Gotta lead off today with a number of trades that have either closed with October’s options expiry or that we have to consider closing immediately.
So without delay…
We start with a trade opened back on June 24th in a letter called Pumping Oil and Gas. There, we urged you consider a long position on natural gas and extreme caution with respect to oil.
As it turns out, our latter insight was dead on. Crude oil peaked precisely as we went to press and summarily tumbled by over 20% to its recent lows at roughly $79.
Not so for gas.
Natural Gas, as represented by the U.S. Natural Gas ETF (NYSE:UNG) backed off mightily, contrary to what we expected.
The trade we initiated at the time therefore ended up losing money.
Here are the numbers –
We expected a bounce from the stock, so we bought a CALL and sold a PUT for a total credit of $0.03 on the trade. The short PUT was the October 22 strike and Friday’s expiry saw UNG at $20.22. That means we bought UNG for $22 and today it’s going for $19.72.
Our loss today therefore stands at $225 (228-3), and as much as we still believe in a longer term upside for gas, we recommend you sell the shares, take the loss and wait for a better entry point on the trade.
We tried our luck again on the energy sector just over a month ago, arguing in our letter dated September 2nd that wild swings in crude and gas were not in the interest of the warring parties in either Eastern Europe or the Middle East –
[Why?] Because the big Middle Eastern producers, Saudi Arabia, UAE and Kuwait all have the will and ability to respond quickly in the event of a disruption with increased supply, and neither ISIS nor Russia has any intention of sending their current customers looking for new suppliers, a move that would dent both groups’ ability to make war.
It seems, however, that there was another strategy in play that we didn’t foresee, and that was a secret deal between the U.S. and Saudi Arabia that would significantly swing oil prices lower. The reason for the deal, of course, was to upend the Russians’ and Isis’s ability to make war, a development that plays to the interests of both the Saudis and the Americans, who are threatened by those same parties.
In the end, however, we couldn’t have predicted such an outcome. The letter was called Strangling the Energy Market, it made a bet on stability, selling strangles on both USO and UNG to the tune of a $1.34 credit per quartet sold.
And how did it come off?
Well, on September 16th, just two weeks later, we repurchased the short CALLs for $0.09 each, reducing our original haul to a net $1.16.
Yet, as of last Friday’s options expiry, we were again served bad news.
The short USO 34.50 PUTs ended up in-the-money, leaving us down $345 currently (as we hold the stock). So, too, did the UNG 21 PUTs, the stock of which we also hold, putting us a further $128 in the red.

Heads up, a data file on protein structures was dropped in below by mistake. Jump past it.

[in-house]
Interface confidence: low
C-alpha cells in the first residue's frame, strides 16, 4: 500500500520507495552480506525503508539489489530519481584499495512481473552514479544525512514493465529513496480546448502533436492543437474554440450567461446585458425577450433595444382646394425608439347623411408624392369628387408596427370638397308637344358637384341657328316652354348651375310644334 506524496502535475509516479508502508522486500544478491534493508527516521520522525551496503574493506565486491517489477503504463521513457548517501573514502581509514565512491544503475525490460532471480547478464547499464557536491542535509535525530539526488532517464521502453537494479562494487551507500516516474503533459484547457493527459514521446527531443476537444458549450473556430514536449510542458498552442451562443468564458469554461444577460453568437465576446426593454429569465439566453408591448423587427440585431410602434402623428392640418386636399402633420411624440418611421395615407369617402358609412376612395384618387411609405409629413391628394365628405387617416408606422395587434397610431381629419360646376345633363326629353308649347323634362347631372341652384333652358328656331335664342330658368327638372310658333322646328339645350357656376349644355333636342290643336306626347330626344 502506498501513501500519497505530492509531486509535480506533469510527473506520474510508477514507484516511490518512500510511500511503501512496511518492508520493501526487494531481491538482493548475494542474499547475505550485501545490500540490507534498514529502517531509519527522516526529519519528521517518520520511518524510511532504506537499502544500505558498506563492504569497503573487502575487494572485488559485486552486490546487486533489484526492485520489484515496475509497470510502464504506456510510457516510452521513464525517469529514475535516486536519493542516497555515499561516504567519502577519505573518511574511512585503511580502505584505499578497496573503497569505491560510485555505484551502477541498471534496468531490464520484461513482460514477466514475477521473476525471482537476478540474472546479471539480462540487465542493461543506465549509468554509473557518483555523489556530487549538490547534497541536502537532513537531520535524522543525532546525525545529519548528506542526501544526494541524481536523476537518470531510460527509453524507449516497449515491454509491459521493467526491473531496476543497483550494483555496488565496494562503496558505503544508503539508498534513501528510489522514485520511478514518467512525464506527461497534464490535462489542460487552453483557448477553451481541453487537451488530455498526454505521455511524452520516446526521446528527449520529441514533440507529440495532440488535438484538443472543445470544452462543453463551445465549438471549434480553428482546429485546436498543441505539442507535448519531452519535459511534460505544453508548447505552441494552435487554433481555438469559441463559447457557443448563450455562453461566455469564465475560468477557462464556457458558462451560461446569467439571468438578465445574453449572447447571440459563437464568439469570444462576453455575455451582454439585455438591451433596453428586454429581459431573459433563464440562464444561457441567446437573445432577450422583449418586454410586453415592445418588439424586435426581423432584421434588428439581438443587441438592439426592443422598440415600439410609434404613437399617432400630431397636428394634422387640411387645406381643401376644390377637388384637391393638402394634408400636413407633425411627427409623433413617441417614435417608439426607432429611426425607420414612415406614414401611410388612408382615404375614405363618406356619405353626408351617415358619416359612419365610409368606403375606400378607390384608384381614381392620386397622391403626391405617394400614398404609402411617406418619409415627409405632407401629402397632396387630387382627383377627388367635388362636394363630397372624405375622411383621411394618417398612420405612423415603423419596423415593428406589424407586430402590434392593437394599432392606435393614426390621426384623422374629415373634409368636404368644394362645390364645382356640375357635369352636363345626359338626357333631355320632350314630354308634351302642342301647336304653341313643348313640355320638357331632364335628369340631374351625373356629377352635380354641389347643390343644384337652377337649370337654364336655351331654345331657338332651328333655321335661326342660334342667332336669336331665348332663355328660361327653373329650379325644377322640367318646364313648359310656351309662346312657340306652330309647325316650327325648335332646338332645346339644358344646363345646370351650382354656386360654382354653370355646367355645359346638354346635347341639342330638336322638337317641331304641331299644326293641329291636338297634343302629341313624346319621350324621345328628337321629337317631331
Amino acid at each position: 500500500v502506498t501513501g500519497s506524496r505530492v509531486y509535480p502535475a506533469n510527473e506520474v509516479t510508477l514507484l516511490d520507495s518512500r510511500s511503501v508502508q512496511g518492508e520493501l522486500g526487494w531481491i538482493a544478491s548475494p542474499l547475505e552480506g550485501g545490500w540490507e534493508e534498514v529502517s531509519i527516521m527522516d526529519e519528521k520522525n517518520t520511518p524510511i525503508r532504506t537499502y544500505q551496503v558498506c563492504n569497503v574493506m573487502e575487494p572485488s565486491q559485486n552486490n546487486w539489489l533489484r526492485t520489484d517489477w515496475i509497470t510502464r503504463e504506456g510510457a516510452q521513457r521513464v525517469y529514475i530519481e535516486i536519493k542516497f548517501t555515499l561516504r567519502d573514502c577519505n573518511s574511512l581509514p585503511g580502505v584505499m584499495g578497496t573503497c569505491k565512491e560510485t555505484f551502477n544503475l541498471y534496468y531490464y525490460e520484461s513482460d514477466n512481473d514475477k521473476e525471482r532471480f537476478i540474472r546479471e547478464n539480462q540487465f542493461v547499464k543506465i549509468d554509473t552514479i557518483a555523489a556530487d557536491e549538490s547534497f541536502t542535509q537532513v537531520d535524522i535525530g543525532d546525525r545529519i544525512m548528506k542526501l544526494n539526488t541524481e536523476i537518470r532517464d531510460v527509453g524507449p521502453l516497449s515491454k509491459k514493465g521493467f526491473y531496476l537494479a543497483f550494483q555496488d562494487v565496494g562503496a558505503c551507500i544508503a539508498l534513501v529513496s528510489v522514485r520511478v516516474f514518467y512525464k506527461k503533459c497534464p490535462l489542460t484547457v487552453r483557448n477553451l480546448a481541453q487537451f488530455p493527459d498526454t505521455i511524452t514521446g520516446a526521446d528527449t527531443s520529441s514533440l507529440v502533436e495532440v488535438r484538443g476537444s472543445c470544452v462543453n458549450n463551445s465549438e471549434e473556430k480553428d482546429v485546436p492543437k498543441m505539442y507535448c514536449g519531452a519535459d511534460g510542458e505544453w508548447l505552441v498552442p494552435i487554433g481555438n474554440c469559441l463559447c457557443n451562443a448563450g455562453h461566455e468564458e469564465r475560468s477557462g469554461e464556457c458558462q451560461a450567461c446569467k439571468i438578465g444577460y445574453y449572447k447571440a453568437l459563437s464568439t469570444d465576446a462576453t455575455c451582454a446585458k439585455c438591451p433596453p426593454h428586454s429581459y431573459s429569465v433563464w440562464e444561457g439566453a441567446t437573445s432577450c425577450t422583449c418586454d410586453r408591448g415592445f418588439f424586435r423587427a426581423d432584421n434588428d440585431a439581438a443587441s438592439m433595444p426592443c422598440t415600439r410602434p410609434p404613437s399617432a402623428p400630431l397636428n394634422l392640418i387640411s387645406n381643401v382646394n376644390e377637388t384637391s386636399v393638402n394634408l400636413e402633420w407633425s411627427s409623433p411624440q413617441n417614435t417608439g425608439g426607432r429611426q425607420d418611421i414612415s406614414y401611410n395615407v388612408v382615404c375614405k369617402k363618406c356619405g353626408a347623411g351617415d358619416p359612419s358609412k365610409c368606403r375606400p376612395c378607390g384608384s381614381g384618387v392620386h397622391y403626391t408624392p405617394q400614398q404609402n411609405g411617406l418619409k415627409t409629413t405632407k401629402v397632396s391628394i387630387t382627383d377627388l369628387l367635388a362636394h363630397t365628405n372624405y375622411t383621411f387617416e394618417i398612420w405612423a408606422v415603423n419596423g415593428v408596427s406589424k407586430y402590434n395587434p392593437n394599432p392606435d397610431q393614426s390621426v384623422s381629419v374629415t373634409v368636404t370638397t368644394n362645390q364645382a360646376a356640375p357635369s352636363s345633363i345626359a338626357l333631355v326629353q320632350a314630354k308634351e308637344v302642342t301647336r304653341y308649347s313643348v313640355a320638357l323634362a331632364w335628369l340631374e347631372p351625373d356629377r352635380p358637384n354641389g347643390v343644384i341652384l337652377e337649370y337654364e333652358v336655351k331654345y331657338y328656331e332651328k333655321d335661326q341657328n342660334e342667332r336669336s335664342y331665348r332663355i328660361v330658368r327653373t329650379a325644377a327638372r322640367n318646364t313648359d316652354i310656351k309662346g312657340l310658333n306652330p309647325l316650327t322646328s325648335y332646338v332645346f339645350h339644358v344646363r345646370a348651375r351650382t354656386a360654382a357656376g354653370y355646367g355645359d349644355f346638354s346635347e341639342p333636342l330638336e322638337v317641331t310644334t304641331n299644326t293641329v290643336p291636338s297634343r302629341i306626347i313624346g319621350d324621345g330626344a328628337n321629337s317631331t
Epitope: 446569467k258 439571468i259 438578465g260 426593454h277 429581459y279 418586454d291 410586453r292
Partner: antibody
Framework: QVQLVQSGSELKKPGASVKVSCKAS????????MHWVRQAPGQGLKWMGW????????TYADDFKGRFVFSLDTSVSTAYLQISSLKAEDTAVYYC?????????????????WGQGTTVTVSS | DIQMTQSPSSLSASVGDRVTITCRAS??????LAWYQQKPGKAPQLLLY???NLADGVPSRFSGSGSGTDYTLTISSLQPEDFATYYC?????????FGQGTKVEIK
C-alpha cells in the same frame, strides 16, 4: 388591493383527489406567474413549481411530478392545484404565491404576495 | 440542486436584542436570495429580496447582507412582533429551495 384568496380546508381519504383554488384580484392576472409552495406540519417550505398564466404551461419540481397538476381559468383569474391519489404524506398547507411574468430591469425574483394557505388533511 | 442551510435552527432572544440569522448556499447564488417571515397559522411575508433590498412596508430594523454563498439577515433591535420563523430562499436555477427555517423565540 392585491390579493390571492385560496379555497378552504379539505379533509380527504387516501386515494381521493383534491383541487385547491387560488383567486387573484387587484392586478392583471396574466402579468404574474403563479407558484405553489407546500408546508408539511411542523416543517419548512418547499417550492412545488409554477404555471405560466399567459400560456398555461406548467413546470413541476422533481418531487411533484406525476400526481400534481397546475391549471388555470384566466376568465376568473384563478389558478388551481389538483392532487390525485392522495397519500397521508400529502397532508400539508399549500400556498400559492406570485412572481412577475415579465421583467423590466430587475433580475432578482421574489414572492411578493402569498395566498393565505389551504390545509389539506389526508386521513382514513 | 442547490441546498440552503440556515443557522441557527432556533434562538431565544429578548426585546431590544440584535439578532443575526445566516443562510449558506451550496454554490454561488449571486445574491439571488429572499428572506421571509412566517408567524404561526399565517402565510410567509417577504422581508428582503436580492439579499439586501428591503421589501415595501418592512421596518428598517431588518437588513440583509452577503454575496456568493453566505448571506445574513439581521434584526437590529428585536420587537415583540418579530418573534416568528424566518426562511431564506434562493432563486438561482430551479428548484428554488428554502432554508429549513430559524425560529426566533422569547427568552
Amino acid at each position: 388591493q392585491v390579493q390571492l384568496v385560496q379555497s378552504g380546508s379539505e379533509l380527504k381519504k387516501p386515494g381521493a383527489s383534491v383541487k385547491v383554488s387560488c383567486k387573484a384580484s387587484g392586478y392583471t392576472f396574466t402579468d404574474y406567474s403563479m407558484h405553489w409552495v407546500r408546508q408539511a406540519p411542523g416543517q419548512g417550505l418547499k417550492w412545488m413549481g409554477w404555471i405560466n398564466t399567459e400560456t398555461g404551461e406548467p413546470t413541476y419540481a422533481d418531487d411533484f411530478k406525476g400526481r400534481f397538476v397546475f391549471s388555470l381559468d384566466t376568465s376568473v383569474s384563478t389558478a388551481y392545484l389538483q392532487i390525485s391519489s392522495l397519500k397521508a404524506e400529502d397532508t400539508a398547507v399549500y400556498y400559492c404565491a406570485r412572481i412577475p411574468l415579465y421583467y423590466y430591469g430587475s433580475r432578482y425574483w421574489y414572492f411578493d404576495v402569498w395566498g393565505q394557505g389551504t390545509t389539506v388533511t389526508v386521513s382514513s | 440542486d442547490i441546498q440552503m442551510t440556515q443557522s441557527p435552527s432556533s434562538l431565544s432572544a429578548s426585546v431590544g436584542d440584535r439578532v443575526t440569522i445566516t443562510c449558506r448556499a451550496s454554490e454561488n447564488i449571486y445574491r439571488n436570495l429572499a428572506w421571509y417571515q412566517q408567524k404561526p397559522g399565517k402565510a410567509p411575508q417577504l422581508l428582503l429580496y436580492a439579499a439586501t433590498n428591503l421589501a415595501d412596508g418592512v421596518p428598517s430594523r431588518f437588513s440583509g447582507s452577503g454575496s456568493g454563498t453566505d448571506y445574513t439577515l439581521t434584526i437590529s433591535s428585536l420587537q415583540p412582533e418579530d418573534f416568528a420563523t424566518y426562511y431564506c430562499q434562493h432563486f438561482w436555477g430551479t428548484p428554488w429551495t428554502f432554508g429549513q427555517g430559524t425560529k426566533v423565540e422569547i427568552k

All told we are 345 + 128 – 116 = $357 to the bad in what has been our worst ever trading fiasco bar none.
Getting Back our Groove
It’s not easy to suffer a loss, and unless you get right back into the saddle and begin to trade again – unless your start fresh without looking back – the damage will only multiply.
Because a clear head and a positive outlook are really the only requirements for a successful trader, while the tendency to mope and fret and second-guess the past is a sure fire recipe for more errors and even worse disasters.
Admit defeat. Regret the loss. And move on.
Fortunately, we also have some sunshine to offer today.
And it looks like this –
Exactly a month ago, in a letter called Silver and Gold(man), we proposed a trade based on the relative strength of two stocks from distinctly different sectors that had complete separate trajectories coming into the trade.
One was silver, the metal, represented by the iShares Silver Trust ETF (NYSE:SLV), which was coming off a desperate slide lower. And the other was global financial giant Goldman Sachs (NYSE:GS), whose stock had just punched above $188, just a half a percent from its eventual bull market high.
Since then the action has moved decidedly in our favor.
Silver has begun a slow ascent and Goldman has retreated with the rest of the market.
Graphically, it looks like this –
Namely, the SLV December 18 CALL is now selling for $0.25, while the GS October 31st 197.50 CALL is changing hands for just pennies, and we believe it will eventually expire worthless. With only nine trading days ‘til expiry and an 11.25% wall to climb before it’s in-the-money, we feel safe leaving things as they are on the short (GS) side.
We’ll be sure to report back to you at month’s end with the fate of the Goldman CALLs, but as of today we’re urging you to sell your long SLV positions for everything you can.
As of today it looks like things are going swimmingly, but we expect that’s just temporary.
Why? Because the market looks to be getting back into rally mode, and that’s sure to bode ill for the precious metals. The biggest differential between the stocks now looks to have occurred last Wednesday and Thursday, and we see little point in waiting while that gap erodes further.
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We recommend you consider a) closing out all your open UNG and USO positions as stipulated above, and b) shutting down your open SLV CALLs, also as described above.
With love of the hunt,
Hugh L. O’Haynew, Senior Analyst, Normandy Research